Higher calorie drinks, such as sweetened soda and high-fat milk, have been associated with diets rich in red and processed meats, refined grains, sweets, and starch, according to a 2015 review study by Duffey, Davy, and Valisa Hedrick, an assistant professor of human nutrition, foods, and exercise in the same college at Virginia Tech. Lower-calorie drinks, such as water and unsweetened coffee and tea, were associated with alternative diets rich in fruits, vegetables, whole grains, fish, and poultry.

Diet drinks are also healthier alternatives to sugary drinks, explained Duffey, but other research has shown that people who drink water over low-calorie alternatives still tend to eat more fruits and vegetables, have lowered blood sugar, and are better hydrated.

The bottom line? Take small steps to better health — choose water over soda, choose fruits over cookies and cakes and choose a salad over a burger sometimes.

Q and A:

Q: How do I know if a cereal is healthy?

A: Follow the 5-5-10 cereal rule, says the editor of Cooking Light magazine. Make 5 grams of fiber the baseline (daily goal 25g to 38g); more is better. You can increase the count with fresh fruit or nuts. For protein, aim for at least 5 grams. Naturally occurring proteins found in whole grains, nuts and seeds are best, instead of added proteins like highly processed isolates. For sugar, look for varieties with no more than 10 grams sugar; less is better. Any more than that, and you're in glazed donut territory. Added sugars should be low on the ingredient list, never first. — Cooking Light.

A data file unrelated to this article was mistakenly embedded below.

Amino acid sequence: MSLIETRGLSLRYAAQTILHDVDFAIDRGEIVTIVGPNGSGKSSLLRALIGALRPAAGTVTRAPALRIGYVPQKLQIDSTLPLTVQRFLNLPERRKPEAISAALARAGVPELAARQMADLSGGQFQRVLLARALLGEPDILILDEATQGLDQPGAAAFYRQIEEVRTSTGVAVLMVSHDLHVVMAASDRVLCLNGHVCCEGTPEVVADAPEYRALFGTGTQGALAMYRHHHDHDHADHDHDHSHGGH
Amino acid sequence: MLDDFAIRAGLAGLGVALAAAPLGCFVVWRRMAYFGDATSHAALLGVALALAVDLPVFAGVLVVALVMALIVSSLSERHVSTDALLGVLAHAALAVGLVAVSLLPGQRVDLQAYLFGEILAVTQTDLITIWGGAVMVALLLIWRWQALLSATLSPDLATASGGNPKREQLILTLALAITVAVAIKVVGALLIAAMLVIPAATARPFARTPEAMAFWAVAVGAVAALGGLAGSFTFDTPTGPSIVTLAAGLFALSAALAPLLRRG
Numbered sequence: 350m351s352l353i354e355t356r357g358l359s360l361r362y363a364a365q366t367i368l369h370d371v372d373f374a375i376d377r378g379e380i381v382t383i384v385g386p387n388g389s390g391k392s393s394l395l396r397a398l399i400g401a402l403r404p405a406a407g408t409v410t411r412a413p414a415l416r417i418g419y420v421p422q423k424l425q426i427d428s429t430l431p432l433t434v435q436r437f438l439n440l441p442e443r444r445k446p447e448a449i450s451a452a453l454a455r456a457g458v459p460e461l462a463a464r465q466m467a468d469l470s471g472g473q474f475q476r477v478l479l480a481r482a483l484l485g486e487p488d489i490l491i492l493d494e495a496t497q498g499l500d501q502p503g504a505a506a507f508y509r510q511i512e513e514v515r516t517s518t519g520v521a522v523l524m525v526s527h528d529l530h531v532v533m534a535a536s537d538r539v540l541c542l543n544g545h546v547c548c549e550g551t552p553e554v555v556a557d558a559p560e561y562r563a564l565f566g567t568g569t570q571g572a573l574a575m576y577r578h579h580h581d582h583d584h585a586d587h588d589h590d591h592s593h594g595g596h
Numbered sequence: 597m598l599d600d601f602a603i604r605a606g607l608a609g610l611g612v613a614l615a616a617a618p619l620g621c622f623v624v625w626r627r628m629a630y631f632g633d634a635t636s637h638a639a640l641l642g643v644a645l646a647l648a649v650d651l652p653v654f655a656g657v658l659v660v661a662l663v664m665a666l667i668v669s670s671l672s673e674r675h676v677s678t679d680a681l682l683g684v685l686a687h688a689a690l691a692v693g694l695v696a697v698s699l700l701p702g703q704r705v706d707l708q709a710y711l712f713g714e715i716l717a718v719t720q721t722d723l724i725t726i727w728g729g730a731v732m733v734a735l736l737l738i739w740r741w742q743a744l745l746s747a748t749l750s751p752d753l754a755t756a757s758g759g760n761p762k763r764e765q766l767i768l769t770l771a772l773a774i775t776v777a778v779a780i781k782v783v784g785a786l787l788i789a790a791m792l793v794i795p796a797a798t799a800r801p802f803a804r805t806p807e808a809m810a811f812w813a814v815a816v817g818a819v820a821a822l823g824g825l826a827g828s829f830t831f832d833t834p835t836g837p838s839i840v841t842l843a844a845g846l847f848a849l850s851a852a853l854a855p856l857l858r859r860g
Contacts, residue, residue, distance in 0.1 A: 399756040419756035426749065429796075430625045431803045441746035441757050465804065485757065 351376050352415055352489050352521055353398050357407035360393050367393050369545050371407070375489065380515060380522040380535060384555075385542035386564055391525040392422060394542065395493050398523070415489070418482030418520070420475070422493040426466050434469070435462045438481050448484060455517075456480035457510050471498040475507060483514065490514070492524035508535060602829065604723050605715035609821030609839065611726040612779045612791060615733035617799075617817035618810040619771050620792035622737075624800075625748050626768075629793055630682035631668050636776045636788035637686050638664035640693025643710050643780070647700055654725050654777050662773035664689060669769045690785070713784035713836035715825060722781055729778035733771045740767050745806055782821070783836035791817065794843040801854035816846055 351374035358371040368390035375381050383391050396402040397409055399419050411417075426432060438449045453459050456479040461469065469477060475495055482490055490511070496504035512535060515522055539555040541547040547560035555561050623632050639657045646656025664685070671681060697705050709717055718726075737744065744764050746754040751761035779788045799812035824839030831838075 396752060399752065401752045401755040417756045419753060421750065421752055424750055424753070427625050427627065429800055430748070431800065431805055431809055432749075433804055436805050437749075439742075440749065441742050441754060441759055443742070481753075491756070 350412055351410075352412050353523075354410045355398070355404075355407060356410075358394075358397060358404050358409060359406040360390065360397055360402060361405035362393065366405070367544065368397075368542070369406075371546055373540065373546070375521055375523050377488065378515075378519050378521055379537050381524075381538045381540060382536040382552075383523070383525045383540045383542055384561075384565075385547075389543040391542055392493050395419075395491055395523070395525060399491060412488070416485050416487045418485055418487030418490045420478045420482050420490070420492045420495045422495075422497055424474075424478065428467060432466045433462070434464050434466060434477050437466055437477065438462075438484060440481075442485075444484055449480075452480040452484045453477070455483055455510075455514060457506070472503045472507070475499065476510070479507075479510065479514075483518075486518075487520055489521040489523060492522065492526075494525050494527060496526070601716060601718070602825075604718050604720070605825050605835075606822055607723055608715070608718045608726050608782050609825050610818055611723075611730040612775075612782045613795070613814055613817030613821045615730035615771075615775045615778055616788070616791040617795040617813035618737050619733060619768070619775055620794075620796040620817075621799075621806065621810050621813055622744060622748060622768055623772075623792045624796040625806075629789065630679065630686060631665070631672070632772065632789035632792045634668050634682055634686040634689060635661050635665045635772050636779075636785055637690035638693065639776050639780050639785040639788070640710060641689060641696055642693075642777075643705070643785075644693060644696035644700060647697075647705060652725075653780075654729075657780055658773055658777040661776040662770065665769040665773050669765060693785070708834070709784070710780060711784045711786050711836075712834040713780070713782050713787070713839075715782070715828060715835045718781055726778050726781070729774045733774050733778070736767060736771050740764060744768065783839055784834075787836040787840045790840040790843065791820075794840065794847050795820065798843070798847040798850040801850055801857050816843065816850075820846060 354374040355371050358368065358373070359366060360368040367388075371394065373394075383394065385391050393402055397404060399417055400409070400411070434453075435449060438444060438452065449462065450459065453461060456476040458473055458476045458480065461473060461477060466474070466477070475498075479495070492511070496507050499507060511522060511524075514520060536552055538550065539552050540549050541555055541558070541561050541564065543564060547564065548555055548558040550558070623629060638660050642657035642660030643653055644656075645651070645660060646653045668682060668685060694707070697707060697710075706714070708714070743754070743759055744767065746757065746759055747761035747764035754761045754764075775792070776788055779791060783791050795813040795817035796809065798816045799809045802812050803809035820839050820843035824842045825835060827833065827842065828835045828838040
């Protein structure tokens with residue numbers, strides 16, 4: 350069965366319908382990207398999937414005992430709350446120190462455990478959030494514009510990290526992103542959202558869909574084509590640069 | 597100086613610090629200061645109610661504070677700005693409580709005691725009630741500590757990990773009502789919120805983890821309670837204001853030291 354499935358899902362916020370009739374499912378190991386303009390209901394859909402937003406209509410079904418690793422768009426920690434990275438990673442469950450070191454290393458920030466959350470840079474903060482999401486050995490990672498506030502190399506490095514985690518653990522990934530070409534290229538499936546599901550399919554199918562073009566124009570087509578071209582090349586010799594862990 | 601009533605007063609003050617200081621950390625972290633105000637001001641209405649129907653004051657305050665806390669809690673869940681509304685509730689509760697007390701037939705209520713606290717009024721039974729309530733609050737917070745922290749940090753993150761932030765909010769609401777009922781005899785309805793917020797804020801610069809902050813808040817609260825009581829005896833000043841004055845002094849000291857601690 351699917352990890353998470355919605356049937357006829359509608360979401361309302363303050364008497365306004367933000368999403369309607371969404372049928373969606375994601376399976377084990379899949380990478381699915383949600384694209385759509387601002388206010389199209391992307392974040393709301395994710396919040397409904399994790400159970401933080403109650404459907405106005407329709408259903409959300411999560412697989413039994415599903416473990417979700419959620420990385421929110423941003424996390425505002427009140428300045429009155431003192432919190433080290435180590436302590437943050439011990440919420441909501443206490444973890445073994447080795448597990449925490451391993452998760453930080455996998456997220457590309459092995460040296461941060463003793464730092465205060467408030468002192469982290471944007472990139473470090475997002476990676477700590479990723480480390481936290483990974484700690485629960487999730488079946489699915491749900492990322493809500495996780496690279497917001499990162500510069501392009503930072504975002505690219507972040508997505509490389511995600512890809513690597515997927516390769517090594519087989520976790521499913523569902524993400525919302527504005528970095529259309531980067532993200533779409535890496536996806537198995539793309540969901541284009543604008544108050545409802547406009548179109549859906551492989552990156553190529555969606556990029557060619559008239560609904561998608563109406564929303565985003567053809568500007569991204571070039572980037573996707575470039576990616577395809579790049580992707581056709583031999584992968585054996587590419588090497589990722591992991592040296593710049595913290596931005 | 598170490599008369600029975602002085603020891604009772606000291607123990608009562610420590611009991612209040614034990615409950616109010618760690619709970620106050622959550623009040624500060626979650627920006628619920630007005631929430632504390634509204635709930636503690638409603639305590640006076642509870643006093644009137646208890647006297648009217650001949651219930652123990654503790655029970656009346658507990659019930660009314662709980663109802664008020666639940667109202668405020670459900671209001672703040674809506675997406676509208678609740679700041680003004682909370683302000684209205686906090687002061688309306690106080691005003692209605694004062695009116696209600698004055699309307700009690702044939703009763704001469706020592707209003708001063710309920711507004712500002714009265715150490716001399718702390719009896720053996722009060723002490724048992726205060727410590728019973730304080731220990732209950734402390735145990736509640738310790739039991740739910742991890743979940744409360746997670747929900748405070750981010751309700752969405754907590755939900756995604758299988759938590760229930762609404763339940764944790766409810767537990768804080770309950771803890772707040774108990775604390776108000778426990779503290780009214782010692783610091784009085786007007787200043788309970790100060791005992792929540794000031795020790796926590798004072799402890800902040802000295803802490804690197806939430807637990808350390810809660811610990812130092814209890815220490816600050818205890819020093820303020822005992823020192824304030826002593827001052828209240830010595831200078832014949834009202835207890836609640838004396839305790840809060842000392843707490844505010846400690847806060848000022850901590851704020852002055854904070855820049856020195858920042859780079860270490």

RECIPE

Ever made your own hummus? Williams Sonoma "Healthy in a Hurry" offers a quick and easy version that is worth giving a try. Roasted red pepper lends a sweet, smoky taste and warm color to the classic chickpea dip. Spread it on a sandwich or dip fresh veggies in it. The chickpeas are high in protein and fiber and the red bell peppers are a great source of vitamins A and C as well as contain cancer-fighting anti-inflammatory compounds.

Roasted Red Pepper Hummus

1 (15 ounce) can of low-sodium chickpeas, drained and rinsed

1 jar roasted red bell pepper, roughly chopped

2 tablespoons olive oil

2 teaspoons tahini

1-teaspoon ground cumin

1/2 teaspoon smoked paprika

1/2-teaspoon sea salt

Fresh lemon juice from 1 lemon

In a blender or food processor, whirl chickpeas, bell pepper, olive oil, tahini, cumin, paprika, salt and lemon juice until smooth. Serve right away or transfer dip to an airtight container and refrigerate for up to 3 days. Makes about 1 cup (8 ounces); 6 servings.

Per serving: 120 calories, 5 g protein, 15 g carbohydrate, 9 g fat, 0 mg cholesterol, 5 g fiber, 280 mg sodium.

Charlyn Fargo is a registered dietitian at Hy-Vee in Springfield, Ill., and the media representative for the Illinois Academy of Nutrition and Dietetics. For comments or questions, contact her at [email protected] or follow her on Twitter @Nutrition Rd. To find out more about Charlyn Fargo and read features by other Creators Syndicate writers and cartoonists, visit the Creators Syndicate website at www.creators.com.